Ducklings: Day 21 – 3 weeks old!

Ducks grow so fast, that every week for a growing duckling seems like the equivalent of several years for human children. At three weeks of age, the ducks are no longer babies but more like young teens – physically awkward, but developing very distinct personalities, frequently asserting their independence but still needing to have mom and dad around for protection and reassurance. Speaking of growth, I have not weighed the ducks since they were around 2 weeks old. They are way too big now to get on the kitchen scales. They might even break it.

This morning, while still lying in bed, I heard the ducks around 7 am, peeping softly for a few minutes, and then there was silence. At about 8am, some of them started peeping again but calmed down after a while when we didn’t respond, and were quiet for another hour.  As it was Sunday, I went back to sleep slept till almost 9 am, when I was woken up by yet another bout of duck noises, this time much louder and more insistent, once they heard me getting out of bed. The decibel level was rising fast. I quickly dressed and went to let them out before they screeched the house down!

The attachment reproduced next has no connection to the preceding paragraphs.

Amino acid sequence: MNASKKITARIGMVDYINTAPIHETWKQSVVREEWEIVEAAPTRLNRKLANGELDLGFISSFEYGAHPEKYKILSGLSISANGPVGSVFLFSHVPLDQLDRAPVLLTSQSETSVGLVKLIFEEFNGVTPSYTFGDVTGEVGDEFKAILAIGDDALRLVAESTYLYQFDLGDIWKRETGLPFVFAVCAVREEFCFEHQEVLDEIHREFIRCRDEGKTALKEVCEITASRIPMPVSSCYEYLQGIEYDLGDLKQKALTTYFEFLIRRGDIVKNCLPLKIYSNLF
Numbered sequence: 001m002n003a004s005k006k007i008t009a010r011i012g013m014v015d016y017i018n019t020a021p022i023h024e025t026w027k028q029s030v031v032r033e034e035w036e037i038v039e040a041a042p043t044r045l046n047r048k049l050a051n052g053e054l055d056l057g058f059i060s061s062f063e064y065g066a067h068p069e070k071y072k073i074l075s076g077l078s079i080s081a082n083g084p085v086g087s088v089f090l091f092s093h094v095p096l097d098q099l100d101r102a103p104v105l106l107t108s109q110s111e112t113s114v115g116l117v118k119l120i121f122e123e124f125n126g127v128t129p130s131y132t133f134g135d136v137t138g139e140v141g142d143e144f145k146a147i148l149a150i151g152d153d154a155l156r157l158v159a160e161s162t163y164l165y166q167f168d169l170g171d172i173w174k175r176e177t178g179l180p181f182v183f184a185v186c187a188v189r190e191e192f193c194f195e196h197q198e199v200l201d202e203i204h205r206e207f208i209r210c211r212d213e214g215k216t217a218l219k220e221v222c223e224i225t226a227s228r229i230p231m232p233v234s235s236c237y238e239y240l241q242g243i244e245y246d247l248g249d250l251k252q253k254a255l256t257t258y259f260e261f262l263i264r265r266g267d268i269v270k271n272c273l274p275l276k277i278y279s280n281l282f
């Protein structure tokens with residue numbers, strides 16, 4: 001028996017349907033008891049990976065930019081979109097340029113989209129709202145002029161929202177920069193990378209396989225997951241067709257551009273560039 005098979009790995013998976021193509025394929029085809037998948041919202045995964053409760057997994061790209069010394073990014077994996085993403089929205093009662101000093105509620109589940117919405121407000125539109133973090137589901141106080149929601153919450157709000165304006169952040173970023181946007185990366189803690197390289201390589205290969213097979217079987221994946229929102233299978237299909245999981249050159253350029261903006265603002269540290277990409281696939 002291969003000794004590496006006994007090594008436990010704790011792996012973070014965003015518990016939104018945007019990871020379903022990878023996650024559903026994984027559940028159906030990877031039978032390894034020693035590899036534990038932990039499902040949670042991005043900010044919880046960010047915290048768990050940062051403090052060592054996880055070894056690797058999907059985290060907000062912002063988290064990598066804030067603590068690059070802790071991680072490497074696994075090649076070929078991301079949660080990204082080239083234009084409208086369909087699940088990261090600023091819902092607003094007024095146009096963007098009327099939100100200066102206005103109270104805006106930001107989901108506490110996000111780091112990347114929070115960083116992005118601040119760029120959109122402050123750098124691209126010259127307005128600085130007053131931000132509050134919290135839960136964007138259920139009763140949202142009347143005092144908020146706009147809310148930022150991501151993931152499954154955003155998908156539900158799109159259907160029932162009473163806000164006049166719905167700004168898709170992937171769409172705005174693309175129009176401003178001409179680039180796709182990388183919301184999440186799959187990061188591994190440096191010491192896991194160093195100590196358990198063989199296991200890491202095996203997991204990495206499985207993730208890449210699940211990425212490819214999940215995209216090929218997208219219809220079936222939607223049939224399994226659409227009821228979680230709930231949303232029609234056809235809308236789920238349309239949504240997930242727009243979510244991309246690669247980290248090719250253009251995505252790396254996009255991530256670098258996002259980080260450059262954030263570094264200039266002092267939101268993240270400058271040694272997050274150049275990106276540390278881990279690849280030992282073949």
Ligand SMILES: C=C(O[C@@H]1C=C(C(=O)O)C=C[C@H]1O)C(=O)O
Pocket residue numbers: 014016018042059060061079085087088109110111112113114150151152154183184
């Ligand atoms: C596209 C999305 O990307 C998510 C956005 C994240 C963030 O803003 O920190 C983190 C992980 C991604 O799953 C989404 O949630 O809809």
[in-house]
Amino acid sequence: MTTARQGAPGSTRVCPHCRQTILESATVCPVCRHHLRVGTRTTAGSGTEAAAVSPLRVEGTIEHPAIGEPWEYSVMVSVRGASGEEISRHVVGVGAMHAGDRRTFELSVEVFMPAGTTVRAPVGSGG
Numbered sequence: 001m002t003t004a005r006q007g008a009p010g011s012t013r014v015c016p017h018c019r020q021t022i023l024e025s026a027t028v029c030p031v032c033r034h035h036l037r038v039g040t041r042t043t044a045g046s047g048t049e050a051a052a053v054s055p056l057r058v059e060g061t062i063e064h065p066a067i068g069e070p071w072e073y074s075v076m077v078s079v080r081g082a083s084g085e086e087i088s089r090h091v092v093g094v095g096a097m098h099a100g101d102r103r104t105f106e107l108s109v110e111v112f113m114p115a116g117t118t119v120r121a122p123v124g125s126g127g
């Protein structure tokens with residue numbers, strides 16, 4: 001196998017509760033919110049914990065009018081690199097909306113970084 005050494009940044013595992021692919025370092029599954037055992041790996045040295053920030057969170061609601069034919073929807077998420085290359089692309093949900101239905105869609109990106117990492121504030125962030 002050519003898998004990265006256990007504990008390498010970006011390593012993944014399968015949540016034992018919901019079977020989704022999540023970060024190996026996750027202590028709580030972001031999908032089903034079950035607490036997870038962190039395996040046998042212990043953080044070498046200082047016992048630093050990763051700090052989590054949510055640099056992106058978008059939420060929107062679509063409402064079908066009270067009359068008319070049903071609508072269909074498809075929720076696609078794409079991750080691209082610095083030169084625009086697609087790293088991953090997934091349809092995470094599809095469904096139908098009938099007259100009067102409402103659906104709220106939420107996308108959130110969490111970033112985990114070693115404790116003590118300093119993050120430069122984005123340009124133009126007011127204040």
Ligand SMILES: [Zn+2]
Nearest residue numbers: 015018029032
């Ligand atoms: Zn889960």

Dreaming of the day I will fly over this field!

Dreaming of the day I will fly over this field!

The ducks are getting smarter all the time. Particularly at getting me to do what they want. Although they still spend most of their time in the pond, they now enjoy little trips away from it – up to 15 minutes at a time-  but insist that I stay near to them till they are “safe home” – in the pond. They don’t have to learn human language to tell me what they want. They are very good communicators – all they do is wait till they see me, then loudly peep at me until I start following them. Sometimes, they will even walk from the pond to the door of the living room or kitchen or wherever I am, peep at me, but make no attempt to come in. I will then know they want me to play “bodyguard” again.

One of their favourite places is a overgrown corner with weeds and grass behind the pond hill. We have been clearing the area of weeds to pave a new path, but we left that corner alone for now since the ducks love it so much there. I’ve accompanied them there and back to the pond several times per day, for the last several days. They know their way there very well:  up the side of the hill from the pond and then down a steep slope,  along the narrow path to the farthest corner between the fencing and the hill.

It's a slippery slope from which there may be no return...

It’s a slippery slope from which there may be no return…